12/29/2009 (5:20 pm)
The man talking in this video is Larry Grathwohl, the only law enforcement agent ever to penetrate the Weather Underground. The video is from a documentary entitled “No Place to Hide: The Strategy and Tactics of Terrorism,” produced in 1982 by G. Edward Griffin. Grathwohl, while under cover, was an associate of Bernadine Dohrn and Bill Ayers in their violent heyday, and is relating a discussion held among the leaders of the Weather Underground in those days.
You can read some background material from Grathwohl here, in a Time article from 1975. Griffin, the filmmaker, is a fringe artist, but Grathwohl was a real investigator, and the content is entirely his. The video is badly coordinated with the audio feed, a fact for which I apologize, but can find no way to correct.
Recall that the outcome of the election-year research into the Ayers-Obama connection was that the two of them, along with Rashid Khalidi, had operated in a tight collaboration for at least 20 years, and probably longer. They share a common philosophical background, a common view of the world, and common policy goals. Barack Obama went to great lengths to hide his association with Ayers, lying outright and organizing slander assaults and legal challenges to prevent anybody from discovering their common activities. I wrote about this on the eve of the 2008 election.
The point is, there is no reason to believe that Ayers or any of his associates have changed their views on these matters. While Ayers apparently has abandoned violence as a tactic, his political goals have not changed, nor has he ever renounced anything like what we’re hearing here. What is being discussed is consistent with the actions of progressives when they take over governments; it was carried out in Cuba, in China, in Vietnam, in Cambodia, in North Korea, in Russia, in Albania, in Romania, in Bulgaria, and in East Germany, more or less as described here. And our President, Barack Obama, is a long-time associate and collaborator with him, sharing his political underpinnings and goals.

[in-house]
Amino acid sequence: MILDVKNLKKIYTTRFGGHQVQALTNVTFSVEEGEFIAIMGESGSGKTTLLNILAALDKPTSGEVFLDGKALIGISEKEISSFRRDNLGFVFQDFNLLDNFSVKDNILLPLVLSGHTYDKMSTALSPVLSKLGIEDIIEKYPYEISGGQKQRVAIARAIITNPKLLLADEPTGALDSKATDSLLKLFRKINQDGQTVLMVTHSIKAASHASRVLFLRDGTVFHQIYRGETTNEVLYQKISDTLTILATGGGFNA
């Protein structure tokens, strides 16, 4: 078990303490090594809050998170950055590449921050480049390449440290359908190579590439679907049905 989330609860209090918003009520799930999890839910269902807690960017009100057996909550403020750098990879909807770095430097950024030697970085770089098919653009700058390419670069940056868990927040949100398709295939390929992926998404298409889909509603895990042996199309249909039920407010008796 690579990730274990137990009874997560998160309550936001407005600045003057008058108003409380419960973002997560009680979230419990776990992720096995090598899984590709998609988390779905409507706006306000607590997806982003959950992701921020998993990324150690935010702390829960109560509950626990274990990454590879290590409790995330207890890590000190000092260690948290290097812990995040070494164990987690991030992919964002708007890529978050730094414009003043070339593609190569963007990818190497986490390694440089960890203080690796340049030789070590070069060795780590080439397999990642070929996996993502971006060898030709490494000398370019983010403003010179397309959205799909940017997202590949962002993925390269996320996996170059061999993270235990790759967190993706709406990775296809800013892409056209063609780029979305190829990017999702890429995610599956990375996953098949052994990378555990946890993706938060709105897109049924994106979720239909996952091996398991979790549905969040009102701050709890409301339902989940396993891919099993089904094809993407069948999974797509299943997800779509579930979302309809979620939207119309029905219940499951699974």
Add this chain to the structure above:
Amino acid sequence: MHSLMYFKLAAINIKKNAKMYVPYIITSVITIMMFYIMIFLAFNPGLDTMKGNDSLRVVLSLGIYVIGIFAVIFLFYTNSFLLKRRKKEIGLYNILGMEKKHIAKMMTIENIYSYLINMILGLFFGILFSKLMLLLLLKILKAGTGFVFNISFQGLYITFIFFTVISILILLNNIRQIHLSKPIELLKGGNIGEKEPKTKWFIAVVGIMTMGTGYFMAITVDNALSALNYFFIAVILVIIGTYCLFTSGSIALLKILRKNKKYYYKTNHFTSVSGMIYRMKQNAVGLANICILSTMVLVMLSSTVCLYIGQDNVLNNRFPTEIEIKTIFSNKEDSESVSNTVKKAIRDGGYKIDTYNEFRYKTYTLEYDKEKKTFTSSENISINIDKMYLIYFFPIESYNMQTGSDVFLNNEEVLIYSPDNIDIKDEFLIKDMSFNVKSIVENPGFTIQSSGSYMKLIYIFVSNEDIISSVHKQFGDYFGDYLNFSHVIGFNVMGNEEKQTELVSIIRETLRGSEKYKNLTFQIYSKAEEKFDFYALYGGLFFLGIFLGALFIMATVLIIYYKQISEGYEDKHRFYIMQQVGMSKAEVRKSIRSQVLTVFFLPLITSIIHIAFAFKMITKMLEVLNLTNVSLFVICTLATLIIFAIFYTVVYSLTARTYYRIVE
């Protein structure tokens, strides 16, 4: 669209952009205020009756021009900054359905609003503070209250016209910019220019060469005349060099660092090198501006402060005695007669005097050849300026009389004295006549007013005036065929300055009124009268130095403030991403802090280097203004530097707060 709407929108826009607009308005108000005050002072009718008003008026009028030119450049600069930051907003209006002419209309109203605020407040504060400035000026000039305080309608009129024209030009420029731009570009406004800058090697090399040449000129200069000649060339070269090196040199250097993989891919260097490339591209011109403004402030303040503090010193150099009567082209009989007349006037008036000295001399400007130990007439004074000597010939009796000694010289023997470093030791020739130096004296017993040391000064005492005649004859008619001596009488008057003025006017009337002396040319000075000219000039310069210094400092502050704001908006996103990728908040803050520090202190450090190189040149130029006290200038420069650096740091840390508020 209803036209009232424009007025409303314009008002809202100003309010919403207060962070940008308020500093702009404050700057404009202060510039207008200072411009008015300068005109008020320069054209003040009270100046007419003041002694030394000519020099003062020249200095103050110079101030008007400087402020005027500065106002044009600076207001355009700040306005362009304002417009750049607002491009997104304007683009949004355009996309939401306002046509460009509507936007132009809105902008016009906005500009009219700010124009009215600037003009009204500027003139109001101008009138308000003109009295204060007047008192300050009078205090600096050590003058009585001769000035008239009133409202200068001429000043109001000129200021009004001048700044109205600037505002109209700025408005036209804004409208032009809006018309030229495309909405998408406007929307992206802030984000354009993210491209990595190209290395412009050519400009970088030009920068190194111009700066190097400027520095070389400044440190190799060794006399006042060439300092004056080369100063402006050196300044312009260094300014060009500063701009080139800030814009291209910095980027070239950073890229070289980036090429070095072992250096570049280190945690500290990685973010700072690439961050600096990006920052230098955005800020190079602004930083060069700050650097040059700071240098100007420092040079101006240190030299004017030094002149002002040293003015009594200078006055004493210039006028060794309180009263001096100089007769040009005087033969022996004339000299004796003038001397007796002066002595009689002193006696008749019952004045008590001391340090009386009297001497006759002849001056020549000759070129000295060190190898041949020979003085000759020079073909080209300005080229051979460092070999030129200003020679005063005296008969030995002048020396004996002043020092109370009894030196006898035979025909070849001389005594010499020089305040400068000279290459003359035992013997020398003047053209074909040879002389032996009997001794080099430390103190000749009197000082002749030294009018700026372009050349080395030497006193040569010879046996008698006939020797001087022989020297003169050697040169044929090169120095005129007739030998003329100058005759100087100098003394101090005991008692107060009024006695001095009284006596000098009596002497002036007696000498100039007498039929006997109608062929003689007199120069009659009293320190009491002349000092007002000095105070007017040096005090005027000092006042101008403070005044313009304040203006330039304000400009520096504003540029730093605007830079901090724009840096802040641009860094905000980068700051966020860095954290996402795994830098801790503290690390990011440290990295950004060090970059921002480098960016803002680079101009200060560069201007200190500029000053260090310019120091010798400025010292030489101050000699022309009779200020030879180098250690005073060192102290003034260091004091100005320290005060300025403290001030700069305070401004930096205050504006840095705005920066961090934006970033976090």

I’m sure progressives reading this will insist that they intend nothing of the sort — but can they say with certainty that the leaders of their movements do not? And if they examine themselves honestly, will they not find instances where they advocated only marginally less coercive practices to change the political thinking of their opponents, or their opponents’ children? I know I did when I was one of them. And given the examples of Cuba, Vietnam, and Bulgaria, among the rest, what assurance do we have that progressivism here will be less murderous than progressivism there?
I’ve also been privy to discussions in which fringe environmentalists and ultra-religious earth worshipers agreed that the earth can only comfortably support something like 1/20 the amount of humanity that it currently supports, and agreed also that some cataclysm would come to reduce the population to that level. They actually believe this would be a good thing, the only thing that will save the planet, in fact. This is an extreme of misanthropy, to be sure, but the difference between this and the more mainstream positions on the left, those being touted by the fans of Copenhagen and Kyoto, is a difference of degree, not of type.
All told, the proclivity of world progressives for murder is a great deal scarier than I’m apt to trust. Probably my friends who are progressives will object when the murderous ones come to drag me to a re-education camp. I’m touched by their friendship and honesty, but I don’t find that very reassuring,
3 Comments »
Comment by suek
Not exactly in the same category, but the same mindset…
Comment by suek
Different story, same theme:
Comment by Phil
I had not heard that Keith Gladney’s brother was fired. That’s repulsive.
I do believe the war has already started.